Quarterbacks, wide receivers and tight ends hit the practice field at The Star in Frisco, Texas, on Saturday in advance of The Opening Finals’ 7-on-7 tournament. The players got acclimated with one another, ran through individual drills and received instruction from Super Bowl-winning quarterback Trent Dilfer and Atlanta Falcons rookie wide receiver Calvin Ridley.
Ohio State five-star wide receiver commit Garrett Wilson; St. Louis four-stars Marcus Washington and Jameson Williams; and Texas four-star Elijah Higgins were all on hand, which gave us an up-close look at the top four wideouts on the Buckeyes’ priority chart. They each offer a unique set of skills and would complement each other well in Columbus.
At just a hair over six feet tall, Wilson wasn’t the biggest wide receiver in the room, but flashed his big-play ability during each repetition. His red-zone routes were very precise, and his leaping ability and overall catch radius made difficult catches look routine — and the quarterbacks (Alabama four-star commit Taulia Tagovailoa and Washington four-star pledge Dylan Morris) look more accurate than they actually were. He’s a very well-rounded athlete and will give Ohio State a lot of versatility out wide.
Washington — who told me after the practice session he might push back his college decision from August (his birthday) until after his senior season — was very crisp in his route-running. He’s fast, but his long strides make it look as if he’s effortlessly running. Washington also has excellent hands, as evidenced by a pair of spectacular shoestring catches, and physically looks like he’d love to battle defensive backs in jump-ball opportunities.
The Buckeyes coaching staff hopes this continues well into the future, but Washington and Williams will be on the same team (Dynamite) during the 7-on-7 tournament this week.
They appear to work well off one another, with the former going deep on most routes and the latter working underneath during practice. Williams has the speed to do both, of course, and that’s something that immediately stood out on Saturday afternoon. He almost glides across the field, and I noticed he would often dip his right foot into the turf to slow himself down if he went in and out of his breaks too quickly. He also makes tough adjustments if the ball is throw behind him.
I think you’d be hard-pressed to find a better trio of pass catchers — and I’d put Washington, Williams and Wilson up against the Georgia haul of five-star wide receiver Jadon Haselwood and Dominick Blaylock and four-star tight end Ryland Goede (all of which are also in attendance) any day of the week. This class has the potential to be a game-changer for Zone 6.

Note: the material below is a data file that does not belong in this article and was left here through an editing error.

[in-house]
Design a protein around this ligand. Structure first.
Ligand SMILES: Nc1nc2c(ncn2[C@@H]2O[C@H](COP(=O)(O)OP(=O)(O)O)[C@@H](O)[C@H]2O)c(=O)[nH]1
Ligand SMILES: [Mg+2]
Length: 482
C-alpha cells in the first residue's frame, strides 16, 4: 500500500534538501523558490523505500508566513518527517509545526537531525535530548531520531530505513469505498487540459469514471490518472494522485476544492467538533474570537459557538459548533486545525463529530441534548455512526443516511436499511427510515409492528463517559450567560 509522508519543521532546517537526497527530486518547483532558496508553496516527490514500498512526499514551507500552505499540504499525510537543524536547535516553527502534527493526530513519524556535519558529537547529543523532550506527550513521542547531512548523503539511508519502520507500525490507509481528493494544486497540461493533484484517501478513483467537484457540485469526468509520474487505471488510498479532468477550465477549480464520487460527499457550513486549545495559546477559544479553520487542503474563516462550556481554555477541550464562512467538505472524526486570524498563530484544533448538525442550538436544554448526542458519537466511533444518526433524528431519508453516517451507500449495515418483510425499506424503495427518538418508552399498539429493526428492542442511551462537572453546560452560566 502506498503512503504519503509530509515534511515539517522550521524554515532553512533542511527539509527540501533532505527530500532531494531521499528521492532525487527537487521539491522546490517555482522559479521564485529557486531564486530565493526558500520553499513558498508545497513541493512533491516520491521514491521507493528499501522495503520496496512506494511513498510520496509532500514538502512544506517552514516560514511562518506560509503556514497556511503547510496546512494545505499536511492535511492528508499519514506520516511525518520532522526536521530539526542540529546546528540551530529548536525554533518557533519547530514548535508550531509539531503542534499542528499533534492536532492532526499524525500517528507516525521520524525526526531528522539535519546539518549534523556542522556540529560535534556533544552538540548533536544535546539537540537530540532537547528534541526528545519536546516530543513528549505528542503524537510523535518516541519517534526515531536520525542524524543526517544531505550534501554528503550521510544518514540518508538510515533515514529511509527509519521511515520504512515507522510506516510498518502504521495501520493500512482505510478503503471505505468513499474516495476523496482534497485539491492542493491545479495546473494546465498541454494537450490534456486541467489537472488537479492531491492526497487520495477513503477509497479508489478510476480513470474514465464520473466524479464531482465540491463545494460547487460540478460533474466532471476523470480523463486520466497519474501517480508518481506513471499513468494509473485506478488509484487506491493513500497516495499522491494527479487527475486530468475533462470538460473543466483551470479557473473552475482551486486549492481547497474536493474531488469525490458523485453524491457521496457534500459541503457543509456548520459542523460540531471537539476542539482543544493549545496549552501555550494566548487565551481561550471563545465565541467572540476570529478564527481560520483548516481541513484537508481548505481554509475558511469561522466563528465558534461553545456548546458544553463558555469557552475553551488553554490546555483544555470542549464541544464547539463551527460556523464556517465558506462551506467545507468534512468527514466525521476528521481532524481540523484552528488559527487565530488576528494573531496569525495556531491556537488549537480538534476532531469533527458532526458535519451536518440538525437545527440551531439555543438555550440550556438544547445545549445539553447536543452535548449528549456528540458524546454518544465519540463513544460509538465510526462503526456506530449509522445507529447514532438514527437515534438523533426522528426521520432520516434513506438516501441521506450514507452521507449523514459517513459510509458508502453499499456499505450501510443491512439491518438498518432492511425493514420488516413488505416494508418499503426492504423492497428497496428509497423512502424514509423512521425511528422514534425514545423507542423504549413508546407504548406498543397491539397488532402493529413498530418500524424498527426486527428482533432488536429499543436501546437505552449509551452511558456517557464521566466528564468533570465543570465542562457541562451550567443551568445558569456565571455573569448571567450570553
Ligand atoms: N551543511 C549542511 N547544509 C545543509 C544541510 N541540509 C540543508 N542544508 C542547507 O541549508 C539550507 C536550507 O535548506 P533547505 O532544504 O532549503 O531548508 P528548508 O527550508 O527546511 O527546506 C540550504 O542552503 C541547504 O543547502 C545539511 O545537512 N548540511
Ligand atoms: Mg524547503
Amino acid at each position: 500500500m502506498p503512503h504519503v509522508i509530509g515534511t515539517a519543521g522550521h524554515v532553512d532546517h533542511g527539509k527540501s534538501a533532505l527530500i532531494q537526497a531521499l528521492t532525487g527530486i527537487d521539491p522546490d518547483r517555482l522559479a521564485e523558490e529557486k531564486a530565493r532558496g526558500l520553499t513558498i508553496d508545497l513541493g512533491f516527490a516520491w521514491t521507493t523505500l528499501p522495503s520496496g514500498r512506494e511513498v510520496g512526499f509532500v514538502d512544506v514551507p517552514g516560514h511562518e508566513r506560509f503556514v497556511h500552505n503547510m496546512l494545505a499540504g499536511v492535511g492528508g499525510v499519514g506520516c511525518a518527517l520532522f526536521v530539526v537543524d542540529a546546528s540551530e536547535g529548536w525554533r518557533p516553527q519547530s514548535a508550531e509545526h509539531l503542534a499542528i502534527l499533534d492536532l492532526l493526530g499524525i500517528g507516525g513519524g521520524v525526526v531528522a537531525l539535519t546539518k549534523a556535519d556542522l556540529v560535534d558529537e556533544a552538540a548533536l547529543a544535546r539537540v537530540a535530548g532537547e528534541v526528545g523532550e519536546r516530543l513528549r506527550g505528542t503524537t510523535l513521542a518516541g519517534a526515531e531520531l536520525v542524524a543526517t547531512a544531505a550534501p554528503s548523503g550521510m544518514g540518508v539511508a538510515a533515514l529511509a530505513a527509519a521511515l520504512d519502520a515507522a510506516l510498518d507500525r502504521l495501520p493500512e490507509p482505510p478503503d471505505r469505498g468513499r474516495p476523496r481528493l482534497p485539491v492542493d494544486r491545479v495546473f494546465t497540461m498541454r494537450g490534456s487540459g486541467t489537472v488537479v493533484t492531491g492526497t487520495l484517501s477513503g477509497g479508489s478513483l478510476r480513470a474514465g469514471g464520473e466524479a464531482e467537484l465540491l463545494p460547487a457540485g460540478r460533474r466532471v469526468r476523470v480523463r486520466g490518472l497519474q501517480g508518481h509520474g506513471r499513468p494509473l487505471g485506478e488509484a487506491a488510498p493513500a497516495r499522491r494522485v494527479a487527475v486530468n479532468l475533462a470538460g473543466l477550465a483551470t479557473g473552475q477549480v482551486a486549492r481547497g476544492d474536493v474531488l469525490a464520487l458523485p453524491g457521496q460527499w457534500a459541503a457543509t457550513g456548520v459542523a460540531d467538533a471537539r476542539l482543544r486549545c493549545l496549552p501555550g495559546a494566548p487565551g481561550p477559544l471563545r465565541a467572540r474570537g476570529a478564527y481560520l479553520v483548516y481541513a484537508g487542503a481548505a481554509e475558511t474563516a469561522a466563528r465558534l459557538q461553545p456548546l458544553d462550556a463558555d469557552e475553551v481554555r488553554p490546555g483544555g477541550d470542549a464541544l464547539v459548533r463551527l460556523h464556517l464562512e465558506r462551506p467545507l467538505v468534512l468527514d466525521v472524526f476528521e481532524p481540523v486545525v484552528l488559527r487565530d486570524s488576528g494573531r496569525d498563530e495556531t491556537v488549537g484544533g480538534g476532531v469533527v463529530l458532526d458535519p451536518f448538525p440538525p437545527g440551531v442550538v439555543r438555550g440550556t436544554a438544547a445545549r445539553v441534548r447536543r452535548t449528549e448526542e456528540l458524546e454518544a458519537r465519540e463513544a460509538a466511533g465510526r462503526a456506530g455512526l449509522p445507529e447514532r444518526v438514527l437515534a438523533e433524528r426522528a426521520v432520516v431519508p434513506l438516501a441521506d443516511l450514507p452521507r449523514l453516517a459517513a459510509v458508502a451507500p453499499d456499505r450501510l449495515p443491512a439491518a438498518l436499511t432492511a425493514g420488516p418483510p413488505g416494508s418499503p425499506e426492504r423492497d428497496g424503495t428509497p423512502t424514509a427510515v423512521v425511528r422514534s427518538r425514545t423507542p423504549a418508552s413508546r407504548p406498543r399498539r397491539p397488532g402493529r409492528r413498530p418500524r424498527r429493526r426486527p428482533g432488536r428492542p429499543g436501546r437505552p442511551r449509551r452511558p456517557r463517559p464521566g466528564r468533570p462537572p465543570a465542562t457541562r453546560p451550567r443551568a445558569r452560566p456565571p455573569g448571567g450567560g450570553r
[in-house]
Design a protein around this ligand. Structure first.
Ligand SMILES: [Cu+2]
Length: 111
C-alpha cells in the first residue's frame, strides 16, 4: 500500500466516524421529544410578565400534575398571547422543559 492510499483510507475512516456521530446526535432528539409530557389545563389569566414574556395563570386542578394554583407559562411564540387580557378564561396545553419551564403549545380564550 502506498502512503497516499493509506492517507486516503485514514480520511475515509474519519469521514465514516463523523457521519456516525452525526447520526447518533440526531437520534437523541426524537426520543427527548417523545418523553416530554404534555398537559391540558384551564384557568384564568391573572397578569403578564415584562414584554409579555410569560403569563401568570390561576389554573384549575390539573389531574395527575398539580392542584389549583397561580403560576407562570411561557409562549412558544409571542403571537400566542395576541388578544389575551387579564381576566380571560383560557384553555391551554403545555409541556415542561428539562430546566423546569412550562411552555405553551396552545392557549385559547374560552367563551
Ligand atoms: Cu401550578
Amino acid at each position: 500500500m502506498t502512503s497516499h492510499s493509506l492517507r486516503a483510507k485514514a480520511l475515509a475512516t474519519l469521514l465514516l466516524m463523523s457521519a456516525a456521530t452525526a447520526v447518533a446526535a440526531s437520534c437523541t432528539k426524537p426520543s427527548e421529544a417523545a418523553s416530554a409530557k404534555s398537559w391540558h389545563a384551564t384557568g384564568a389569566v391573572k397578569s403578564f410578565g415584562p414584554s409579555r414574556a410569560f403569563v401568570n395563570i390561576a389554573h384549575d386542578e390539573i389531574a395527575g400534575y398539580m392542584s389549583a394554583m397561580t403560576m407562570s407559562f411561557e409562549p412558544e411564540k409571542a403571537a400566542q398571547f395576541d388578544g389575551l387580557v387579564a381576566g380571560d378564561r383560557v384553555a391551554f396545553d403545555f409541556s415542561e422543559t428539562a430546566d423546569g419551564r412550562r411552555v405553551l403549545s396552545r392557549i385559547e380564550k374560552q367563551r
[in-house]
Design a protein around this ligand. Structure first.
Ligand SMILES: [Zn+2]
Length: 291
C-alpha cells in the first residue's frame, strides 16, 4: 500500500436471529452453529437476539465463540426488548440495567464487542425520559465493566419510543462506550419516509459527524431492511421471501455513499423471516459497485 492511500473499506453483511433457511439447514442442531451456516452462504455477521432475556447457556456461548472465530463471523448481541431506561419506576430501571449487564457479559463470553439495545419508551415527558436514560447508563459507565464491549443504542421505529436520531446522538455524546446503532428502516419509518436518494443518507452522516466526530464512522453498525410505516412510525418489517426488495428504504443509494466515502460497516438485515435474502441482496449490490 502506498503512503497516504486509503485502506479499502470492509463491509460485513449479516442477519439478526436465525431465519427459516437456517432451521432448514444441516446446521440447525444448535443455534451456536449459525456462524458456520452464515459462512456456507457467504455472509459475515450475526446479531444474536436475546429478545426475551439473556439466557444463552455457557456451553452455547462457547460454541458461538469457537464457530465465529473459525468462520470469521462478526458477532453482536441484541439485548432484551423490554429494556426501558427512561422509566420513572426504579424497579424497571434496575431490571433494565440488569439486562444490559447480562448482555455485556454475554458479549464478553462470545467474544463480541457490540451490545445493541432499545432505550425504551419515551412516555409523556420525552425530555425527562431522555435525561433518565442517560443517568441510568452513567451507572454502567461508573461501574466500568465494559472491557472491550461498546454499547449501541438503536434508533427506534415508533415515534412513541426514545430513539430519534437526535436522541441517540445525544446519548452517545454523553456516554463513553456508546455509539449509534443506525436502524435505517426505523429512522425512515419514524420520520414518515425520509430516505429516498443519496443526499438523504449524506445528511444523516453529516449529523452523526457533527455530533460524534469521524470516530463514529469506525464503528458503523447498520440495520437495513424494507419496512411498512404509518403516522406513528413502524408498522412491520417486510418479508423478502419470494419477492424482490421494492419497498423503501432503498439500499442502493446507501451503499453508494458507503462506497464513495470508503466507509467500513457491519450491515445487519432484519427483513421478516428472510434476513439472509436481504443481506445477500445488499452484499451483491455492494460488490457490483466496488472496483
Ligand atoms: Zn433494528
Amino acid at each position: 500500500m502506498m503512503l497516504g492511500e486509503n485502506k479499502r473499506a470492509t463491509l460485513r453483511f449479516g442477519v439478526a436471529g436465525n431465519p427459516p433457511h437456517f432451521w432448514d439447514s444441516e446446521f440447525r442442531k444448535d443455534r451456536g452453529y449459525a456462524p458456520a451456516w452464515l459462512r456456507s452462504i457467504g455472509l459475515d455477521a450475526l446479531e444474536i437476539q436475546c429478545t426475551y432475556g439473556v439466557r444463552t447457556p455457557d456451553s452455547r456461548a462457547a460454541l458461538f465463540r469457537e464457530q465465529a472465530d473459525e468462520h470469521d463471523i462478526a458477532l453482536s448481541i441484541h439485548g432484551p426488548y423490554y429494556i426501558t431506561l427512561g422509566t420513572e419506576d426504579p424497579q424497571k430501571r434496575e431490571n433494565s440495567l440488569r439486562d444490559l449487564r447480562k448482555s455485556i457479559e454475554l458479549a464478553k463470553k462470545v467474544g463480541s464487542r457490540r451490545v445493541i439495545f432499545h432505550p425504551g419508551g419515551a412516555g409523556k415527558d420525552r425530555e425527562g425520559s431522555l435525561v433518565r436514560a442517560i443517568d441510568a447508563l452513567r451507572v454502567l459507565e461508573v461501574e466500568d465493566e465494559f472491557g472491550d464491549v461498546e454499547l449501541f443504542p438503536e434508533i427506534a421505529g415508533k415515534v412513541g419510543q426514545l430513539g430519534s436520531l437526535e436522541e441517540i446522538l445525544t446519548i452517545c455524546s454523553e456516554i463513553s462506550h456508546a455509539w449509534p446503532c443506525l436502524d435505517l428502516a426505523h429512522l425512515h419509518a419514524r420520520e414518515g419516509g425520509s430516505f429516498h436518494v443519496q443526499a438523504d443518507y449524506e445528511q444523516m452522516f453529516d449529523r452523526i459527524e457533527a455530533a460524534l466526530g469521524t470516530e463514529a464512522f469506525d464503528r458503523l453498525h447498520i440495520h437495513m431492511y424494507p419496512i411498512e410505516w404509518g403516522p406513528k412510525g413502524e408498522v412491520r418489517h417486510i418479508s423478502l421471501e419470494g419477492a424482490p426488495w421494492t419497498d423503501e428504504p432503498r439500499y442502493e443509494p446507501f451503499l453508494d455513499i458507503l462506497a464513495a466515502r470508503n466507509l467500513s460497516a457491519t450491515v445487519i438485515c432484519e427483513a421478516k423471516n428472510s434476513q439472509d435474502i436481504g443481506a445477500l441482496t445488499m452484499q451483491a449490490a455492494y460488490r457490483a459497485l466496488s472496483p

That said, Ohio State also finds itself in the thick of things for Texas four-star Elijah Higgins. If the staff wants to bring on four this cycle, I’m starting to think he’d get the edge over Indiana four-star David Bell simply because of his versatility. Unlike the other three wide receivers, Higgins is a big-bodied prospect who could honestly develop into a tight end at the next level. Think Jeremy Ruckert in terms of body type and the ability to create mismatches, but faster.
We’ve also discussed at length the overall lack of depth at the quarterback position this cycle, but there are a lot of big names at this event. In addition to the aforementioned signal callers, Wisconsin four-star commit Graham Mertz, Florida State four-star pledge Sam Howell, Auburn four-star commit Bo Nix, South Carolina four-star pledge Ryan Hilinski and Tennessee three-star commit Brian Maurer are all on hand.
The quarterbacks, for the most part, were all pretty even in terms of accuracy throughout the session, but it’ll be interesting to see who separates themselves during the 7-on-7 tournament. After all, it’s one thing to throw to an uncovered wide receiver. It’s another to make snap judgements with ballhawking safeties and cornerbacks like Buckeyes four-star pledge Jordan Battle roaming the secondary.
That said, I was particularly impressed with Oklahoma five-star commit Spencer Rattler. He has a particularly quick release and shows a ton of confidence in every throw he makes. I expect that’ll be on display throughout the tournament. Rattler isn’t a name we’ve discussed before because he committed to the Sooners last summer, but there’s a reason why he’s the highest-ranked signal caller in the country.